We discontinued clopidogrel use for Case No. 4 and 5, and the dual antiplatelet therapy for Case NO. 1 and 2, hoping that this modification of drugs would accelerate the occlusion of the aneurysm. None of these 4 patients received further invasive treatment and was under further angiographic follow up.

Illustrative cases

Fetal PCA aneurysms (case 1)

This was a 61 years old female presented with a ruptured PCoA aneurysm which incorporated the origin of a right fetal PCA. The aneurysm was measured 3.0 mm*4.0 mm with a relative wide neck and two daughter aneurysms (Fig. 1a). We postponed the procedure 20 days after the onset of SAH to avoid the potential risks of dual antiplatelet therapy. The daughter aneurysm located superiorly was considered to be the rupture point, so we first loosely embolised it with three coils measured 2 mm*3 cm, 1.5 mm*2 cm, 2 mm*4 cm, then we deployed a 4.5 mm*20 mm PED from M1 segment to supraclinoidal segment of ICA covering the neck of the aneurysm (Fig. 1b). No further coiling of the aneurysm was performed in consideration of the future patency of fetal PCA. The follow up angiogram on 4 months demonstrated the patency of the fetal PCA and the aneurysm has slightly decreased in size (Fig. 1c), however there remained contrast agent filling in the aneurysm sac. Note that the right A1 is no longer patent and the patient was asymptomatic due to the compensatory flow from the AComA (Fig. 1d). So we discontinued the dual antiplatelet therapy and leave this patient on MRI follow up, we will not retreat the patient unless the patient will present with headache and enlargement of the aneurysm on MRI image.
Fig. 1
Fig. 1

3D DSA image of Case NO. 1 before the treatment (a), immediate postoperative angiogram (b) and on follow-up (c), note that the right A1 was not patent, the distal part of right ACA was supplied by compensatory flow from the AComA (d)

Aneurysm with ipsilateral AVM (case 2, case 3)

We have treated 3 patients (case 2, case 3, case 6) in total with an aneurysm whose parent artery was also the feeder of an ipsilateral AVM. Case 2 was a young female with a Spetzler-Martin grade 3 AVM of the right temporoparietal region. This diagnosis was confirmed 14 years ago when epilepsy firstly onset. This patient was on regular image follow up, and the DSA performed 10 months ago revealed a newly formed cavernous aneurysm (Fig. 2a). Since the aneurysm is the vulnerable part for rupture, we deployed a PED of 3.75 mm*30 mm to cover the neck, then loosely coiled the dome of the aneurysm with 3 coils, namely, Presidio 10 coil 7 mm*30 cm (Codman, USA), MicroPlex 10 Helical 10 mm*30 cm and 9 mm*30 cm (Stryker, USA). The total packing volume was 2.08% (Fig. 2b). 7 months angiographic follow up (Fig. 2c) demonstrated that the size of the aneurysm has decreased but still partial embolised. Case No. 3 was a 38-year-old male admitted into our department with an AVM (Spetzler-Martin grade 3) and an ophthalmic aneurysm which ruptured 45 days ago (Fig. 3a). The aneurysm measured 5 mm in length and 6 mm in width and there existed a daughter sac which presumed to be the rupture point. We then placed one PED (4.75 mm*18 mm) and further occluded it with 8 coils (Fig. 3b, c). The packing volume reached 40%. The whole procedure completed without any technical difficulties and the patient discharged without any neurological deficits, however, the patient died 20 days thereafter due to brain hemorrhage in local hospital.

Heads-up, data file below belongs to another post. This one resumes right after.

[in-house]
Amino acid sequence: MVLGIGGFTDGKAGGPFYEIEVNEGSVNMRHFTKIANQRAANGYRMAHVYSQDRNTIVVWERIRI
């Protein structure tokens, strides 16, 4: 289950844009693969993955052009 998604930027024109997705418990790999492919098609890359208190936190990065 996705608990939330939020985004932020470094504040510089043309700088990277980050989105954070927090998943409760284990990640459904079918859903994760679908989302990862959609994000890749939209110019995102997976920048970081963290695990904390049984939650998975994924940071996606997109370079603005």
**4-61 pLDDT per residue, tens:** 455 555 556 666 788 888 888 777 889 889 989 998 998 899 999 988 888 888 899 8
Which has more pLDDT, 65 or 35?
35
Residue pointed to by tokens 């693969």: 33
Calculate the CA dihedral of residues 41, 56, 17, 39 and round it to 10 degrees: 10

Fig. 2
Fig. 2

Case NO. 2 was a young female with a large cavernous aneurysm and a coexisting Spetzler-Martin grade 3 AVM of the right temporoparietal region (a). Immediate postoperative angiogram (b) and 7 months angiographic follow up (c) indicated that the size of the aneurysm has decreased but still partial embolised